Getting the most from each gallon – here are TG’s top practical tips to get the best fuel economy from any car
Slow down a bit and take it easy
First and most obviously, the best way to save fuel is to drive with a bit more care, or as if you’ve recently broken your big toe. If your car is revving harder, it’s using more fuel, so don’t be banging off the limiter in every gear, and maybe knock a few mph off that cruising speed.
Equally, a bit of anticipation can work wonders, so be aware when approaching junctions, hills, roundabouts – any slowing down event, really – and cruise rather than abuse. According to some really boring research, cars are typically most efficient at a constant 45-50mph on a completely flat road. So the only answer is to move to the Netherlands and never stop moving.
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Check tyre pressures and keep your car regularly serviced
A poorly car is an inefficient car, so try to keep up with the servicing, even on an older vehicle. Part of that should be regular checking of tyre pressures – get that wrong and not only do you compromise handling and braking, but you cut fuel efficiency off at the knees.
Tyre companies reckon that between four and 11 per cent of fuel consumption can be down to the rolling resistance of the tyre, and a ten per cent decrease in rolling resistance is equal to a one per cent improvement in fuel economy. So check pressures more than just at MOT time. It also might be worth looking into low rolling resistance tyres – they range in rating from ‘A’ to ‘E’ – ‘A’ being the most efficient and ‘E’ being essentially blu-tack and velcro.
Don’t carry unnecessary weight around
Seems an obvious one, but you’d be surprised how many people keep 50kg+ of nonsense in their cars. And it might not save much, but the less weight you carry, the less work your car has to do, so ditch all the stuff you don’t need. And avoid carrying rugby teams, or simply prioritise smaller friends.
Similarly, it might be a hassle to de-mount, but an empty roofrack can add more than fifteen per cent in terms of aero drag to the average car (and a roofbox can be nearer 40) at 75mph, so it’s worth pulling them off when not in use.
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Don’t sit idle, and use premium fuels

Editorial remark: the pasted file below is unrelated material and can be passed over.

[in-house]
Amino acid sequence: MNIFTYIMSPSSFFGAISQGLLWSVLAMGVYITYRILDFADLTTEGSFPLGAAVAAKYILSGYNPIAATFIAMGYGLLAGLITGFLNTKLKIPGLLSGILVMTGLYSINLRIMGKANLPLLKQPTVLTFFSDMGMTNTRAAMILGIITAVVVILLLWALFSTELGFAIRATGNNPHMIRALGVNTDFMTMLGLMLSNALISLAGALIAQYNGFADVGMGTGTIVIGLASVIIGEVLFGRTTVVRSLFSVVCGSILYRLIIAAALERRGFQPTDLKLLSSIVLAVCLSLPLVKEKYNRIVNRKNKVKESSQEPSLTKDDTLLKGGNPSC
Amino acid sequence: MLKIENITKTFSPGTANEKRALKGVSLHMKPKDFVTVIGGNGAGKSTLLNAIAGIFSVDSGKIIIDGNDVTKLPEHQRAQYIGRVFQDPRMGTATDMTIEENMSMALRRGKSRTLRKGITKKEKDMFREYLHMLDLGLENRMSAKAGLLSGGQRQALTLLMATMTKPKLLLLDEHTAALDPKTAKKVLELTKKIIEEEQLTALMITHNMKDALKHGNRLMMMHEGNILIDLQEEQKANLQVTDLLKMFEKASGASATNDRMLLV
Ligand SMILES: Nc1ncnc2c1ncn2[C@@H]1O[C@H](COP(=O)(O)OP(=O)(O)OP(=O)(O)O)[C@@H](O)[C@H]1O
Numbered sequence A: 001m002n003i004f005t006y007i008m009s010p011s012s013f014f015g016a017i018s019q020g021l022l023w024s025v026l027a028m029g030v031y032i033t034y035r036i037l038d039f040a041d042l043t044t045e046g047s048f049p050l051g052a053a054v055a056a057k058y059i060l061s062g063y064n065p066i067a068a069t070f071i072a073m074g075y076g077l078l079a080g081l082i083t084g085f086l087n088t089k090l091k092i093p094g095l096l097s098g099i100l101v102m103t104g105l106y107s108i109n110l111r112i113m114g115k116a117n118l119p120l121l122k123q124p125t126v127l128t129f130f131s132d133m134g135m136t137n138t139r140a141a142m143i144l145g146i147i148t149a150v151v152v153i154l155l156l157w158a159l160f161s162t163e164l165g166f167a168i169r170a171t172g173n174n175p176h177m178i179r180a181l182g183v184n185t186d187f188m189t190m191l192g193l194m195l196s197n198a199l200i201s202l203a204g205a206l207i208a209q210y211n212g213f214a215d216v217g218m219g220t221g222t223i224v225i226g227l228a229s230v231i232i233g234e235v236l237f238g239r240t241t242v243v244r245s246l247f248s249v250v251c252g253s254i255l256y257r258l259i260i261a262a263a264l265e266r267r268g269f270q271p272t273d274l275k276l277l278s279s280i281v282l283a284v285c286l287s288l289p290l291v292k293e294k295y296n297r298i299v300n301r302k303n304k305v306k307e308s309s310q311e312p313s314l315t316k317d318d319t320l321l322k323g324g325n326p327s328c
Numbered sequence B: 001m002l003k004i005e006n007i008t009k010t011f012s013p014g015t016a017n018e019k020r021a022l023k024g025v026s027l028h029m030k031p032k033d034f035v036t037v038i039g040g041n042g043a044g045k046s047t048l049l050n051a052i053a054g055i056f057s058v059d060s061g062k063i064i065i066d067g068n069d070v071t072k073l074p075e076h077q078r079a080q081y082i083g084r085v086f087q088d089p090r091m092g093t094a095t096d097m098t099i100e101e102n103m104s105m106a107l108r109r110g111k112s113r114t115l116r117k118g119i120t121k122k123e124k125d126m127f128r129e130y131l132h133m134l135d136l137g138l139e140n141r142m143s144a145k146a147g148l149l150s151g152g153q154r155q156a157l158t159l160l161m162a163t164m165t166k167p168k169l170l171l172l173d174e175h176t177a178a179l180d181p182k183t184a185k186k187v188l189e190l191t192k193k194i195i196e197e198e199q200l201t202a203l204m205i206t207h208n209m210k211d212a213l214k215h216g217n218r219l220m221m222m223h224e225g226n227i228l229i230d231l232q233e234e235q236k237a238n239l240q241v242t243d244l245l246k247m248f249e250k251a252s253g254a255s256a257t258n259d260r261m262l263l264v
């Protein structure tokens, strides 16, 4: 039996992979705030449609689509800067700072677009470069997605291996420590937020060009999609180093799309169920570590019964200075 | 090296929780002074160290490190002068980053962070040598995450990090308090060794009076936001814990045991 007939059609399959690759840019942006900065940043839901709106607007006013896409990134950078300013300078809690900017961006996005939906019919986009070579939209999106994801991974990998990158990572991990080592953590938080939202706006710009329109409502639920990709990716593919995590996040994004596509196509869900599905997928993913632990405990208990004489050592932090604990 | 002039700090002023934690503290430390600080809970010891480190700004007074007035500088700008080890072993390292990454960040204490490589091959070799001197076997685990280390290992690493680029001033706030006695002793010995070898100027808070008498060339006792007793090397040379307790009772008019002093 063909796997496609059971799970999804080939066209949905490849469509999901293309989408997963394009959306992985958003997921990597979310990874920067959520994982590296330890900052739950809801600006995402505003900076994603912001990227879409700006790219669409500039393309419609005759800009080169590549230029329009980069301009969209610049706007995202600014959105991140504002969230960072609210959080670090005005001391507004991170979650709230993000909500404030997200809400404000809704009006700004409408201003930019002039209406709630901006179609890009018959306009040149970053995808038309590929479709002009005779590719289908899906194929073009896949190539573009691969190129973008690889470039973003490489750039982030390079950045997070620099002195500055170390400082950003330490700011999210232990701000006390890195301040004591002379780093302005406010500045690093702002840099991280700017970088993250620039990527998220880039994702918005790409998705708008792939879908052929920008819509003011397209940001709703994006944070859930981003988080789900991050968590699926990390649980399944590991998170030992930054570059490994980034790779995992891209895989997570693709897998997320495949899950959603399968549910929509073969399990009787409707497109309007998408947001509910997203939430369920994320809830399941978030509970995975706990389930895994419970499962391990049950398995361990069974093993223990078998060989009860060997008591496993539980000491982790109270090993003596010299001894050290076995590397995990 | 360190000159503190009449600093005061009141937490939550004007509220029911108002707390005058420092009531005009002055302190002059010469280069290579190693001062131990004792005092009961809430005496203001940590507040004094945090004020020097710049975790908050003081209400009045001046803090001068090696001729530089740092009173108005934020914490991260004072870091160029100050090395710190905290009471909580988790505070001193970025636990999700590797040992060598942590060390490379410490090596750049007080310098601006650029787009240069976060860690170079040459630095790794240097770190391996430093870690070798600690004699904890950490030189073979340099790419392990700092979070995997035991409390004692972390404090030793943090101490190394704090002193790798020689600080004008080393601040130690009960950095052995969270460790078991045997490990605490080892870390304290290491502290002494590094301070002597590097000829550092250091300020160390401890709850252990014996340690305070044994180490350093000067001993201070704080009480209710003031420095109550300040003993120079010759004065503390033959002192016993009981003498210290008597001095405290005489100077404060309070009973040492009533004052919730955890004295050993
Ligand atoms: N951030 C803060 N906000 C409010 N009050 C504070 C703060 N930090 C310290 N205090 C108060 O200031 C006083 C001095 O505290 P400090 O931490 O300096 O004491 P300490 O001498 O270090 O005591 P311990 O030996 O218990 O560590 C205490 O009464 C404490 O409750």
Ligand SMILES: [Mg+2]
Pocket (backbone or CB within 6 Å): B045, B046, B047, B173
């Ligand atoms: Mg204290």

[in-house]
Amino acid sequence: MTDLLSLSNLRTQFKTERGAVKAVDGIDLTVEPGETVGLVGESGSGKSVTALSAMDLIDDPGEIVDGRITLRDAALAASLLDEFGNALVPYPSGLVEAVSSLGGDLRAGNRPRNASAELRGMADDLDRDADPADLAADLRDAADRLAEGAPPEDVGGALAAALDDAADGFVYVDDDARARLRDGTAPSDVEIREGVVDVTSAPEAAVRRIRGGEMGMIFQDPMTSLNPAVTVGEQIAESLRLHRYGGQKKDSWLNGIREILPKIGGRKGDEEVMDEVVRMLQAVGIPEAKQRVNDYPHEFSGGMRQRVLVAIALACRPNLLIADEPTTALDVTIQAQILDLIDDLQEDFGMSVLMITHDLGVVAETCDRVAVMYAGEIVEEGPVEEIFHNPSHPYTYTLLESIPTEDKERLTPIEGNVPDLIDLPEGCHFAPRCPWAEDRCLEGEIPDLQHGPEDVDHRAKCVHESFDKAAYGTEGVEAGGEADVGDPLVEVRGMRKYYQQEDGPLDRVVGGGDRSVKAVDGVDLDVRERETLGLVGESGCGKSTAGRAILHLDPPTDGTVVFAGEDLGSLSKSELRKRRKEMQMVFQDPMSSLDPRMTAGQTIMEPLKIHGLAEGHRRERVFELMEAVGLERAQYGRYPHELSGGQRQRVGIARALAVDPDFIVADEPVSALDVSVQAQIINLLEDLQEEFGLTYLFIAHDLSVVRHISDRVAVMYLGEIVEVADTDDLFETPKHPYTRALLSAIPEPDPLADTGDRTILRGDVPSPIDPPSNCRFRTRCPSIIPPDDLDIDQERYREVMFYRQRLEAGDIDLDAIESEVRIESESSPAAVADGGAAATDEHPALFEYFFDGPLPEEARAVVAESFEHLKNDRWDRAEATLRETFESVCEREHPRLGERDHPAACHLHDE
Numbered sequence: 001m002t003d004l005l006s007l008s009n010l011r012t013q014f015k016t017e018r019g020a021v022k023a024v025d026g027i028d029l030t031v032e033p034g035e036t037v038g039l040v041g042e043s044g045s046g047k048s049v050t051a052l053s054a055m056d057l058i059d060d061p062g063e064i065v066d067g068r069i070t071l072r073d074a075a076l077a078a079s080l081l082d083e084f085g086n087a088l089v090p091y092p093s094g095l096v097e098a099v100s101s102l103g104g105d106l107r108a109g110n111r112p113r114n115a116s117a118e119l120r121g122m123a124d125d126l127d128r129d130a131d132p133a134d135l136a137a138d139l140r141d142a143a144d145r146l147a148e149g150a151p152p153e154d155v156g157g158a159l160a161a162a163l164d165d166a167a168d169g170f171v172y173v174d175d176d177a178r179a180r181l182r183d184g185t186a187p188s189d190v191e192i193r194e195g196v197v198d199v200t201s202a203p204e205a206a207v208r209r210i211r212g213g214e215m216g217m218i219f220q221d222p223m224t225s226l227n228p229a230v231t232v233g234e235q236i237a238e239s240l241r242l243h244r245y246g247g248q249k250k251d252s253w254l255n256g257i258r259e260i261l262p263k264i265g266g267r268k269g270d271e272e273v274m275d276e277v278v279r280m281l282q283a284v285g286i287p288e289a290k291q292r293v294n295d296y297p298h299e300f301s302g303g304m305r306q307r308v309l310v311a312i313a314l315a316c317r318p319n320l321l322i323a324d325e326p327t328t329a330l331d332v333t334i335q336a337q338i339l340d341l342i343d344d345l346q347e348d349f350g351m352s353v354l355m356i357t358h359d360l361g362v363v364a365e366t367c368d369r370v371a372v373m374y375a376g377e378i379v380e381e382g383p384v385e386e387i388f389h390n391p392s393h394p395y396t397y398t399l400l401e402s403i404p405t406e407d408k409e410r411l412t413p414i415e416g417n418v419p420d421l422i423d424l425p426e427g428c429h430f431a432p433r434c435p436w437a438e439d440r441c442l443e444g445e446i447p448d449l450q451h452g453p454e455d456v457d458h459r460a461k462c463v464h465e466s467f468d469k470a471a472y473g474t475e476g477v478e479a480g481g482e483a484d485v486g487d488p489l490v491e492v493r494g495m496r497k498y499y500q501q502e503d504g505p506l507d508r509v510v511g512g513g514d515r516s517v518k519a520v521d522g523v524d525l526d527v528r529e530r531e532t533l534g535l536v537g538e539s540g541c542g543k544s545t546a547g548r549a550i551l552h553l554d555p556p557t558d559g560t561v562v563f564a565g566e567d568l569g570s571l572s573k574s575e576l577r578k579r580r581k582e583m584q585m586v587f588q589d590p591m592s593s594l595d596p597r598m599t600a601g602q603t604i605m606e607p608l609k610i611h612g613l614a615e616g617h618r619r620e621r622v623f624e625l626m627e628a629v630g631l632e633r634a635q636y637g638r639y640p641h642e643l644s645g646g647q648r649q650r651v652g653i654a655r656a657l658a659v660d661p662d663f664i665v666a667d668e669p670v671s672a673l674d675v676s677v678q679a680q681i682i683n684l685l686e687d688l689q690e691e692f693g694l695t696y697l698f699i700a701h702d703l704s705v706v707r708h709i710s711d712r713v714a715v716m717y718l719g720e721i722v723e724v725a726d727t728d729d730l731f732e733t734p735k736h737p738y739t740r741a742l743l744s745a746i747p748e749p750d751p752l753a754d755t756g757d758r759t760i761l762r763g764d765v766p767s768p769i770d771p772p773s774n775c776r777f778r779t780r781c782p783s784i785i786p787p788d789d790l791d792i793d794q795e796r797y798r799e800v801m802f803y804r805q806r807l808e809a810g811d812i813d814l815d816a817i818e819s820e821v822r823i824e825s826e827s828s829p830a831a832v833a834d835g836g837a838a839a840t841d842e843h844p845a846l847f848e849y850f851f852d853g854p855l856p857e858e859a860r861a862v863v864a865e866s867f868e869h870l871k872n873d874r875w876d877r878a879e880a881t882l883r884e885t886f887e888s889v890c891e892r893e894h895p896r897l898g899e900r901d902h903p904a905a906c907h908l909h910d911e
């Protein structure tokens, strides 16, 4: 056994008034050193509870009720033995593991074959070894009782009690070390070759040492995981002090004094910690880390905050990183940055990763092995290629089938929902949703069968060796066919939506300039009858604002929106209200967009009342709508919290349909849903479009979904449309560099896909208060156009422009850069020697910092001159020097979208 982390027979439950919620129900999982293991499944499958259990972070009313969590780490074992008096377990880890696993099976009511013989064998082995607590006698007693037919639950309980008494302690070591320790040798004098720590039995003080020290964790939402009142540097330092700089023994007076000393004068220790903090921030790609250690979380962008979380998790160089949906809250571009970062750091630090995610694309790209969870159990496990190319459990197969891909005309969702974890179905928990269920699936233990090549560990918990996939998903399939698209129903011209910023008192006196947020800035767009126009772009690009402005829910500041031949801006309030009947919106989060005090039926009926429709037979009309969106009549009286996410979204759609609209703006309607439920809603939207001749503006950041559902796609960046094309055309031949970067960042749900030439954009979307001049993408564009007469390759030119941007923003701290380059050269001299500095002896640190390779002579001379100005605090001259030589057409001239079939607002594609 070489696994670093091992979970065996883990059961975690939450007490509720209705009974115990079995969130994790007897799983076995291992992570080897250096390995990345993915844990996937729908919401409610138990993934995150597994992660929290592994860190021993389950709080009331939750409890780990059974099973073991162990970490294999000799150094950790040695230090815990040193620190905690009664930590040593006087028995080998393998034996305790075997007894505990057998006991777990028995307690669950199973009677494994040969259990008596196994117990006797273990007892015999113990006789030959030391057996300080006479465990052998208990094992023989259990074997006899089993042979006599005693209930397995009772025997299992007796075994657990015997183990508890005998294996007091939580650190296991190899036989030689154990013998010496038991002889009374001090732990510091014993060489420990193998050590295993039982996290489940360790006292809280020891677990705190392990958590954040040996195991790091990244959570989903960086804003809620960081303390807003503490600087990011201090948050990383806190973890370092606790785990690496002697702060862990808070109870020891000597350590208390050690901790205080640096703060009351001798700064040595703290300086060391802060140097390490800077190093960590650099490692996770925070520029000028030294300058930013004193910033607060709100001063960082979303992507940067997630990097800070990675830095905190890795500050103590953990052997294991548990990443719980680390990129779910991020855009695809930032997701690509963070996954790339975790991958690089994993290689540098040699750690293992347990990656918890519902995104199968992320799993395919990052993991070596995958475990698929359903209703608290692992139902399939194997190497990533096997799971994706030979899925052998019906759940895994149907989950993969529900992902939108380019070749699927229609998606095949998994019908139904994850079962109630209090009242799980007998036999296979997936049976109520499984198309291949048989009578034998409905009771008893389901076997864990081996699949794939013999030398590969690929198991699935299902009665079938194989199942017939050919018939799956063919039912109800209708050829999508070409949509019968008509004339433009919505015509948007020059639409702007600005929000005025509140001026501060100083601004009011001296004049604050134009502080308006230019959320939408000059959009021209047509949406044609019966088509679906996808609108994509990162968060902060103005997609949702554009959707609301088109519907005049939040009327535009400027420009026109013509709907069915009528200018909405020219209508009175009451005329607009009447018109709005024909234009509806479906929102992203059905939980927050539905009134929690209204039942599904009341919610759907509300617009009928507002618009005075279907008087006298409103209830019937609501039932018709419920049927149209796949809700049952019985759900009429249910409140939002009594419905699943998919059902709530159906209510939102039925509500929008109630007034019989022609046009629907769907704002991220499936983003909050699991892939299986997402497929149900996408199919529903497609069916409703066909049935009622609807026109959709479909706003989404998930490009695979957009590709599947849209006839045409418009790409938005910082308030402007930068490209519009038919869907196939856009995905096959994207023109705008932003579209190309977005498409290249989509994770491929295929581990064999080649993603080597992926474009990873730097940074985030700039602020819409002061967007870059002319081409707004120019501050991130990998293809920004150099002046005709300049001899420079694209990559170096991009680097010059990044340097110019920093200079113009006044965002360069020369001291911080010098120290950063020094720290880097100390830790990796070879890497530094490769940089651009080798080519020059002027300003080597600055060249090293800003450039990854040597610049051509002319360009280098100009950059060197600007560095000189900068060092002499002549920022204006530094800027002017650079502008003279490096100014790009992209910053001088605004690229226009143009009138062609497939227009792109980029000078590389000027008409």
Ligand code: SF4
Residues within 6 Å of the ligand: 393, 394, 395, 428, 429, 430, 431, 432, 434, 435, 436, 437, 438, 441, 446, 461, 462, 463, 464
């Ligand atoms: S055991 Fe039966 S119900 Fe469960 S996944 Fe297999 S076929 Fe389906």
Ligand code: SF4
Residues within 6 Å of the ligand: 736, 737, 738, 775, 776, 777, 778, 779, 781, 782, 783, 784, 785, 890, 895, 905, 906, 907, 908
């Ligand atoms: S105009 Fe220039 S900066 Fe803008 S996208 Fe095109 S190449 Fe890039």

Most modern cars have Stop/Start systems these days – where the car will stop the engine while stationary and re-start when you start to pull away – but there are plenty of situations in which sitting with the engine running is literally just burning fuel without motivation. Sure, you need to charge your phone or keep the radio on, but you can do that from the ignition for a bit, and do you need to be charging an iPhone with a 2.0-litre turbodiesel?
Also, it might be worth trying some premium fuel. TG has had mixed results, but the cleaner-burning, higher-octane fuel should, in theory, offset the extra cost with better mpg. As long as your car can make use of it and you don’t use the extra bhp for, y’know, going faster. Which we wouldn’t. Ever. Nope.
Manage your air-con and cruise-control
Air-con is essentially a big pump that preys on your engine for power, so switching it off helps with efficiency. But that leads to sweaty armpits. So opening the windows at slow speeds is actually more efficient. But on a motorway, aero drag negates the gain, so better to use low-air con and close the windows.
Also, cruise control works best on motorways (it stops you accelerating and braking quite so much), so learn how and where to best deploy it. Interestingly, a free-flowing motorway is the most efficient kind of road in the UK in terms of mpg. Just don’t tell that to people who regularly use the M25.
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